It’s probably too soon in our relationship to say “I love you” but the past few weeks next to you in Vancouver have been so intense that I think it’s time to say it out loud: Stanley Park, I love you. Bearing in mind how happy I feel having met at the “worst” time of the year, I can’t wait to discover what this impressive 400-hectare park has to offer in spring and summer. Until then, here’s a taste of – cliché coming up – Vancouver’s oasis.
As you can see in the map below, the park is at the edge of the peninsula in which downtown Vancouver is found, meaning that it is completely surrounded by water – views, views, views! One of the things I like the most about living in the West End, the closest neighbourhood to Stanley, is that it allows you to pop in the park any time because it won’t take you more than a 15-minute walk until you can start your workout, casual stroll or hopefully a picnic when the weather gets nicer. Actually, the amount of doable activities in the park is as big as your imagination, but in case you need some help, keep reading
1. COAL HARBOUR
A very popular entry to the park, especially for the riders, since there are bike rentals nearby – one of the most touristy activities to do in Vancouver is renting a bike and cycling the Seawall taking snapshots at the different landmarks along the way. Regarding the harbour itself, it contains the Water Aerodrome, several marinas and rowing, boating and yachting clubs, with the best backdrop: the snow-capped mountains.
2. LOST LAGOON
The first time I was here I couldn’t believe there could be such thing just a few minutes away from my apartment. A super beautiful (artificial) lake where you can spot swans, ducks and some cute restless squirrels.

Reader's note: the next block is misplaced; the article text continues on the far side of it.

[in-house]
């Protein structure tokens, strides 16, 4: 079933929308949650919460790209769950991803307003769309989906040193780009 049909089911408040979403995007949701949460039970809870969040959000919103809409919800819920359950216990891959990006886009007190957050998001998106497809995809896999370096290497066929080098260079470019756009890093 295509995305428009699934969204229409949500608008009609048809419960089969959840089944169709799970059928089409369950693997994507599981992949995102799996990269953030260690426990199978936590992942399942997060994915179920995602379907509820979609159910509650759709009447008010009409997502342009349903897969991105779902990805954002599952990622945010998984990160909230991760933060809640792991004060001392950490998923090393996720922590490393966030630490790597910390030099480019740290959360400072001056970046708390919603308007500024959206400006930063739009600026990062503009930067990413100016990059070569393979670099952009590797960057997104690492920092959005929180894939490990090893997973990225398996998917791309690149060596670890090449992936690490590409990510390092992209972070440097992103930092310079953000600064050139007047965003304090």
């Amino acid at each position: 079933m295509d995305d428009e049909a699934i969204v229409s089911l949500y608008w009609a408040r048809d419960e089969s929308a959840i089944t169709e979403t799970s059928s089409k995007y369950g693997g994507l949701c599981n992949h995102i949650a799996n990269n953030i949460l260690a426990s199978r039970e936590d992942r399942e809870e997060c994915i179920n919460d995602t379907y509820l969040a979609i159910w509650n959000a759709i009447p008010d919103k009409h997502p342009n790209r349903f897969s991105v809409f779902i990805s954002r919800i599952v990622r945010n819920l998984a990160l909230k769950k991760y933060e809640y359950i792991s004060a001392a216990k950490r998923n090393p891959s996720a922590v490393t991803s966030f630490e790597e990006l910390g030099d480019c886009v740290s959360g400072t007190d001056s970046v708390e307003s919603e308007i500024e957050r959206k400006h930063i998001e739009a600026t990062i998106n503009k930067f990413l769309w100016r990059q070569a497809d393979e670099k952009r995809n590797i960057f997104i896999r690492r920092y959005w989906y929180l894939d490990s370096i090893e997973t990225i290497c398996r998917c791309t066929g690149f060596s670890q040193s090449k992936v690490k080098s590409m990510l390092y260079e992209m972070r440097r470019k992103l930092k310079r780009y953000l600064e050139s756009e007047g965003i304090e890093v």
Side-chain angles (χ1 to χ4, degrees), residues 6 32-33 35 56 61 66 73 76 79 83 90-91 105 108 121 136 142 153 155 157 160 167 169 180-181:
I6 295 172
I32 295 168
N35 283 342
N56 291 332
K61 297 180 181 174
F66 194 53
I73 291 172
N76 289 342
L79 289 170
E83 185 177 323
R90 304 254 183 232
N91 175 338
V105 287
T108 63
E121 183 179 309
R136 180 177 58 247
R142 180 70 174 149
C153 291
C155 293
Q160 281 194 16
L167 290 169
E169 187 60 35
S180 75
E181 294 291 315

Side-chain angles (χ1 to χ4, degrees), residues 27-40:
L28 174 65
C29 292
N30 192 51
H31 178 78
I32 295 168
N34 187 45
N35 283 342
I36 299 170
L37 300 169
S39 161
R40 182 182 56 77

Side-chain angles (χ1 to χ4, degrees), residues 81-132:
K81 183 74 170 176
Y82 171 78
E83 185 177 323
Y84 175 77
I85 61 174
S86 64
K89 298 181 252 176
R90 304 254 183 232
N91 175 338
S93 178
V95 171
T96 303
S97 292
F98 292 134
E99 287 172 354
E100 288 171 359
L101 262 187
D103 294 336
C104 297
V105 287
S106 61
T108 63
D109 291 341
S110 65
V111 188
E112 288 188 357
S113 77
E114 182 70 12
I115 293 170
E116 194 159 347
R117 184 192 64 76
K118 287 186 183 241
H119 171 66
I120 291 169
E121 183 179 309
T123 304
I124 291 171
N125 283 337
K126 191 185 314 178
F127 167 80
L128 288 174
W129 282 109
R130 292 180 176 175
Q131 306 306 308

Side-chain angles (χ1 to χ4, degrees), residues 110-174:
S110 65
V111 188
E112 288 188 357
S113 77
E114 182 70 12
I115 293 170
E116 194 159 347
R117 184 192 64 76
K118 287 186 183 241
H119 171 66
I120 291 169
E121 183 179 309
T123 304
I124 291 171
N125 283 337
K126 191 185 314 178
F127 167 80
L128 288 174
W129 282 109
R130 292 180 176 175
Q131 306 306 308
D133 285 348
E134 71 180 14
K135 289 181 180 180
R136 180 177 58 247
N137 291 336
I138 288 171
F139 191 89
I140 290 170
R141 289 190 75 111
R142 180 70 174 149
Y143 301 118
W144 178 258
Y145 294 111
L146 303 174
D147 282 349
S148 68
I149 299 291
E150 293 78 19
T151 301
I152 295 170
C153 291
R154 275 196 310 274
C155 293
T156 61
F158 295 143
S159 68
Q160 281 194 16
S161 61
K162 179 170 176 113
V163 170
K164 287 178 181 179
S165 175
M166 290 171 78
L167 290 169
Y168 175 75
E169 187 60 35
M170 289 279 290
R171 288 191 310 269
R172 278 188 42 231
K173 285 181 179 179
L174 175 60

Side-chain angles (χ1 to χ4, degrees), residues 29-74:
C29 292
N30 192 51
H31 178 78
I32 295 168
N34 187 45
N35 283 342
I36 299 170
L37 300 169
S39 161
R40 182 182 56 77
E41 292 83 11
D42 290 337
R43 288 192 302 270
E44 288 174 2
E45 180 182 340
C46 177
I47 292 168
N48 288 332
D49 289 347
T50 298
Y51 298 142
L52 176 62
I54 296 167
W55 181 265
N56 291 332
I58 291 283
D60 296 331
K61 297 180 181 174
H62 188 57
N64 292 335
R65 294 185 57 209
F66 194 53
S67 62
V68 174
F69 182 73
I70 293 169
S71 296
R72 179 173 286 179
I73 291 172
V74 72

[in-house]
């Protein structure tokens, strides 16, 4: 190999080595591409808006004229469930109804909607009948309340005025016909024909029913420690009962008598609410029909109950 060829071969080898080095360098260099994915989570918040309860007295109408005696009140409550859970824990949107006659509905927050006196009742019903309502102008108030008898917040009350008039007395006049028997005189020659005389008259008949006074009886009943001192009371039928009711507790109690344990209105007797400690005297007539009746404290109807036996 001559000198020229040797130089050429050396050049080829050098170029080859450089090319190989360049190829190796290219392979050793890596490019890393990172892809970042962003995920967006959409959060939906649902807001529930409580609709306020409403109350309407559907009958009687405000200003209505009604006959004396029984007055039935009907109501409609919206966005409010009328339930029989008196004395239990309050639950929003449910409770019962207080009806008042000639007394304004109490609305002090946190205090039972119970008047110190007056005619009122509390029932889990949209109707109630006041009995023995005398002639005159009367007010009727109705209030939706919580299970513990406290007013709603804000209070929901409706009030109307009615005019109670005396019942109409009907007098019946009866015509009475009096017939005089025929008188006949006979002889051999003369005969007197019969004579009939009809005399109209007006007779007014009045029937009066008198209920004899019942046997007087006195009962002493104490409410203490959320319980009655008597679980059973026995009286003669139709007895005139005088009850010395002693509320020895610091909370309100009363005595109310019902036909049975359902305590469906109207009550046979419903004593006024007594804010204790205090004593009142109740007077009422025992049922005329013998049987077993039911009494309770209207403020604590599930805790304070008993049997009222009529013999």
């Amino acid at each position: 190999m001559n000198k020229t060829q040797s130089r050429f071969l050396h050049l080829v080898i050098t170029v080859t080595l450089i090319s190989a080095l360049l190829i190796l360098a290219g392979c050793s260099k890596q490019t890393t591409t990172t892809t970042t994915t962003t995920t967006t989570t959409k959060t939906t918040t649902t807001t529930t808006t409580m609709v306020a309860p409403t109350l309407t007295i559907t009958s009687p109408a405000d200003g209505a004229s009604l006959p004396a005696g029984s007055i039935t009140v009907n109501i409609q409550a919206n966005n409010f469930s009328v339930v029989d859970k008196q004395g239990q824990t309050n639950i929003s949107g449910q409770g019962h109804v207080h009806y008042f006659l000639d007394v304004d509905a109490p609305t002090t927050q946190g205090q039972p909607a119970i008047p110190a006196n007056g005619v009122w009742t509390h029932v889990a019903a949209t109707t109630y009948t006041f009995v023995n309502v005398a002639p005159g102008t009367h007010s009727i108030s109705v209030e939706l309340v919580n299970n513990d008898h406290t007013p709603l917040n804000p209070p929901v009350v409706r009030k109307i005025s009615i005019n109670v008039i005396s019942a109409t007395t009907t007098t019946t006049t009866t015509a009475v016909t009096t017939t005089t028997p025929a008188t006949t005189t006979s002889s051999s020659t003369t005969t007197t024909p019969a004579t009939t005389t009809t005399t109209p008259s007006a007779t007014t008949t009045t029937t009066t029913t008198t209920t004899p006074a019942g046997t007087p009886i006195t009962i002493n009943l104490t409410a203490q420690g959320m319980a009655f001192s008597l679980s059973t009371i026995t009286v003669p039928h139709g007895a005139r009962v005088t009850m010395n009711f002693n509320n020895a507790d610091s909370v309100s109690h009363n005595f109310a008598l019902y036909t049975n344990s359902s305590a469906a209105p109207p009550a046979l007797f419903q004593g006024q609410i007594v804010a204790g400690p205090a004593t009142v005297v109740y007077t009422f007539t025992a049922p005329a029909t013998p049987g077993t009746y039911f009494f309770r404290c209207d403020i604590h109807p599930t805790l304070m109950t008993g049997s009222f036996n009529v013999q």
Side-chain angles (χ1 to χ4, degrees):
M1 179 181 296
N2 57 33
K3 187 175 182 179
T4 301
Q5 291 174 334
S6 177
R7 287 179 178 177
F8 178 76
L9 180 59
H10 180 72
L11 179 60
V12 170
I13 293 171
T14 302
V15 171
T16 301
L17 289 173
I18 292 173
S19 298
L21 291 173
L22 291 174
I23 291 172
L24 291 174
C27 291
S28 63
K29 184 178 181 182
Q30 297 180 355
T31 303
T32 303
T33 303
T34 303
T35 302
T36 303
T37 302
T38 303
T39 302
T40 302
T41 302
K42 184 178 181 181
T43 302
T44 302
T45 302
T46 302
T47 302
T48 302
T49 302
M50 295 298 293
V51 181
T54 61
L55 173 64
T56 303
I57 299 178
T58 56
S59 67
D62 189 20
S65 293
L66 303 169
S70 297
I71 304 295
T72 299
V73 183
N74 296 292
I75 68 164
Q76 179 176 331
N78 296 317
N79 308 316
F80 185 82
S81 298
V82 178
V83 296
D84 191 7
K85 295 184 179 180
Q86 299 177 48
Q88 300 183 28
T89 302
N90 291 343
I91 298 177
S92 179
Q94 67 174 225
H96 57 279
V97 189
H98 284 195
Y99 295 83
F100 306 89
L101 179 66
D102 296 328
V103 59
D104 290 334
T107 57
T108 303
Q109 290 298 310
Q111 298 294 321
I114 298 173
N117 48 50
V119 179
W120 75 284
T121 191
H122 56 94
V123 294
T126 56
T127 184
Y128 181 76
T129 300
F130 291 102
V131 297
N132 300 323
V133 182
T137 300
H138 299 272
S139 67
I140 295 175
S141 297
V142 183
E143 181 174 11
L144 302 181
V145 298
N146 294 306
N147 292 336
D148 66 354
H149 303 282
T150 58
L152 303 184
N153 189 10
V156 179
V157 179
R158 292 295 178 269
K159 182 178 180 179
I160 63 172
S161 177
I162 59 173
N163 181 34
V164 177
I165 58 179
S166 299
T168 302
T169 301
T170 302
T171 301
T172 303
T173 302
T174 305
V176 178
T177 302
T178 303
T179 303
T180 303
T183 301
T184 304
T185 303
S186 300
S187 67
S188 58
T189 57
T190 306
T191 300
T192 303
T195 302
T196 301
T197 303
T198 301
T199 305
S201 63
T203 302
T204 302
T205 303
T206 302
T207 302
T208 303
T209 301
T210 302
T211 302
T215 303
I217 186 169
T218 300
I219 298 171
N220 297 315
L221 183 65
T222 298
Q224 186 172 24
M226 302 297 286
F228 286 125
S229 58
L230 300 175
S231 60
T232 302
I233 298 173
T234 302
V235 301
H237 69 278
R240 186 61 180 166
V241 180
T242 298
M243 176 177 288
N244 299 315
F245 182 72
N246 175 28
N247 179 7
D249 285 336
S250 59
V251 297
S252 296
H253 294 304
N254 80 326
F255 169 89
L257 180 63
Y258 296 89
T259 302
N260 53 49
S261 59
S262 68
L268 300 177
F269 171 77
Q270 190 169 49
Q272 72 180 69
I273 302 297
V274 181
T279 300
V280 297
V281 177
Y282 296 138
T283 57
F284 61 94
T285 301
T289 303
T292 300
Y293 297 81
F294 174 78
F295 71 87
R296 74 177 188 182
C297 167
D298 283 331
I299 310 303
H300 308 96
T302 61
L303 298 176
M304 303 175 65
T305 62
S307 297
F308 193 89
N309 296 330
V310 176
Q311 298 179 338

3. THE SEAWALL
The Seawall is the 8.8 km pathway that goes around the perimeter of Stanley Park – accessible on foot, bike or roller skates -, although the entire stone wall is a 22 km path that goes beyond the park, lining all Vancouver’s waterfront. Say hello to the most recreational spot in the city, always busy with sporty locals and tourists alike. For the less active, there are wooden benches – with memorial plaques – all along the way.
4. TOTEM POLES
At Brockton Point, not far from Coal Harbour taking the Seawall, is where you’ll find British Columbia’s most visited tourist attraction: the totem pole display, an example of First Nations art featuring nine hand-carved poles, some of which are replicas since the originals were moved to museums.
5. ENGLISH BAY
If you’ve done the Seawall’s 8.8 km, arriving to English Bay is such a nice reward. Here is where you can chill on the beach and watch the sunset – weather permitting, like everything in this city (duh).
6. BEACH AVENUE
To be able to get back in the city you’ll need to reach Beach Avenue, just above English Bay. You’ll probably be surprised/scared by these laughing guys… Who else thinks they’re creepy?
As I said, Stanley Park is MUCH MORE than this; I haven’t showed you other landmarks found in the park yet, like Beaver Lake, Siwash Rock, the Vancouver Aquarium… So I hope you’re looking forward to “I heart Stanley Park, summer edition” because I certainly am!
[This article is featured on Nomadic Notes Travel Guides]